Board of Review Failure

Scouts BSA Board of Review Failure

A reader sent in this question about Scouts BSA Board of Review failure:

Is it acceptable to not approve a Board of Review? We have a scout who doesn’t answer the questions to rank up always to the best of his ability. A lot of “I don’t know, I don’t remember when and what my last service project was,” I’ll have to ask my dad about that, etc. And his dad has said he has finished all his Eagle badges but never has any documentation or proof of them. (His dad is on the Troop Committee).

Our Troop is really in a bad situation, 6 boys, 3 of which have behavioral issues (they don’t listen to SPL or ASPL, only participate in things that they like to do, i.e.; flag retirement ceremonies.) We have 4 scouts who are really trying to get their Eagle. We are very far behind on camping nights because the 2 dads that can go work opposite weekends and now can’t take any time off from their jobs to go. Our Troop Master is also unavailable a lot of times due to his work schedule.

I’m concerned. My son, the SPL, does not want to go to another Troop. He’s been with these boys all along. I know that we can join other troops for camping, hiking, etc. but that doesn’t help with BOR.

Any help you can assist with these situations would be most appreciated. I appreciate all you do for us.
Thank you. Hope to hear from you soon.

Thoughts about Board of Review Failure

The journey to rank advancement in Scouts BSA is an exciting and rewarding experience for young scouts. As they progress through the ranks, they face challenges, learn valuable skills, and develop leadership qualities.

Usually a BOR is not conducted until all of the requirements have been completed. However, it is possible that a scout may request a board of review before the requirements have been met.

In a case where there is concern that the requirements for a rank as written have not been fulfilled, it is appropriate to advise the Scout that he or she might not pass the board and to make suggestions about what might be done to improve the chances for success. It is, however, the Scout’s decision to go ahead with a board of review or not.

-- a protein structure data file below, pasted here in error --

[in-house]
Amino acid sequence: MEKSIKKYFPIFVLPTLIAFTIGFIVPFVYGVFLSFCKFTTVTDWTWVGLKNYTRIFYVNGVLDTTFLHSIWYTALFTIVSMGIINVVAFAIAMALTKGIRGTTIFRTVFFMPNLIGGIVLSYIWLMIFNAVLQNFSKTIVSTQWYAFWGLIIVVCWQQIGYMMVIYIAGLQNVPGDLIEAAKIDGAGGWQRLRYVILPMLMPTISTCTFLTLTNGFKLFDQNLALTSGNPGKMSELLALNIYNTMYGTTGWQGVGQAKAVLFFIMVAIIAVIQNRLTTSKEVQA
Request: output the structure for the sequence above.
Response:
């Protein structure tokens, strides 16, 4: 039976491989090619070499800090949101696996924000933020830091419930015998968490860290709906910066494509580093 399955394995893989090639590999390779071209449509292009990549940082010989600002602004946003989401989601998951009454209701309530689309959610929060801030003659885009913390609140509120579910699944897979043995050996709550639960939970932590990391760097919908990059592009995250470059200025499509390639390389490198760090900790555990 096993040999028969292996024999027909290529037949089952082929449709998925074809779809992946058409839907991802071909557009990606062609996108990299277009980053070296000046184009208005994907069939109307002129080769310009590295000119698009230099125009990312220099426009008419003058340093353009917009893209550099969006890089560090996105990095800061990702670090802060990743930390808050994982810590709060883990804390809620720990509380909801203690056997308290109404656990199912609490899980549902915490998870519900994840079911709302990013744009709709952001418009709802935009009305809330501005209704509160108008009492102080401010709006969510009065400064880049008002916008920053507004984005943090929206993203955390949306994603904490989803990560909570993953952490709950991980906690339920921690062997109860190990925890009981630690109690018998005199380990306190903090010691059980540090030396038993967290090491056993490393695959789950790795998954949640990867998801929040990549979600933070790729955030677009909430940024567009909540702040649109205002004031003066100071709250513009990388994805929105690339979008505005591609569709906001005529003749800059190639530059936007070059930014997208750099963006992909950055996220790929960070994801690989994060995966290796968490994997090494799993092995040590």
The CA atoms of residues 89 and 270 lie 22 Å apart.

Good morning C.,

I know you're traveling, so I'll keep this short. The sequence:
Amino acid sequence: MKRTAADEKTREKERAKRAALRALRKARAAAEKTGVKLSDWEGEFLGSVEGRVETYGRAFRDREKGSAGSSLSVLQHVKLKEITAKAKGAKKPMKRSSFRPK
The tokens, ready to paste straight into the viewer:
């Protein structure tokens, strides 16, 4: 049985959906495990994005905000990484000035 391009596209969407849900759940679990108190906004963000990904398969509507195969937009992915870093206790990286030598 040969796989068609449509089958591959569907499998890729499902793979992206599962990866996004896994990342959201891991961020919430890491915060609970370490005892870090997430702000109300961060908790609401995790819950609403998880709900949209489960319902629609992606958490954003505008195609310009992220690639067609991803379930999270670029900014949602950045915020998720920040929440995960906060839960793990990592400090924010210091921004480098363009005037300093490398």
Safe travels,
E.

Guide to Advancement

It is important to remember that a Board of Review is not an exam. It is an opportunity to interact with the Scout and learn about the Scouting journey, especially the journey within the unit. The goal is to develop personally. This is more important than learning specific skills.

Though one reason for a board of review is to help ensure the Scout did what was supposed to have been done to meet the requirements, it shall become neither a retest or “examination,” nor a challenge of the Scout’s knowledge.
In most cases it should, instead, be a celebration of accomplishment. Remember, it is more about the journey.

Guide to Advancement

During a Board of Review for rank advancement in Scouts BSA, the board members may ask the scout where they learned their skills, who taught them, and what they gained from completing specific requirements. The answers help the board understand what the scout did to earn their rank. They also discuss how the scout follows the Scout Oath and Scout Law in different parts of their life, like at home, school, in the scouting unit, and the community.

It’s important to know that while scouts are expected to do their best, they don’t need to be perfect. What matters most is that the scout has a positive attitude, believes in Scouting’s values, and tries to do their best in their daily life.

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what is a board of review

What Is a Board of Review?

A Board of Review (BOR) in Scouts BSA is a crucial step in rank advancement and should not be mistaken for a Scoutmaster Conference with more people. When a Scout has fulfilled all the requirements for a rank, they must face a board of review. For ranks from Tenderfoot to Life, the board usually comprises three to six members of the troop committee, while for the Eagle Scout rank, local policy dictates the composition, often including district or council representatives.

It’s essential to remember that a BOR is not a retest of requirements, but the board may ask questions to assess if the scout met the criteria. During the BOR, committee members should put the Scout at ease and ask open-ended questions about their experiences with the Scout Oath and Scout Law. After the review, the Scout is asked to step out briefly, and the board discusses the Scout’s achievements, ultimately congratulating them for qualifying for the rank or providing guidance if further requirements need to be completed.

Frequently Asked Questions about Scouts BSA Board of Review Failure

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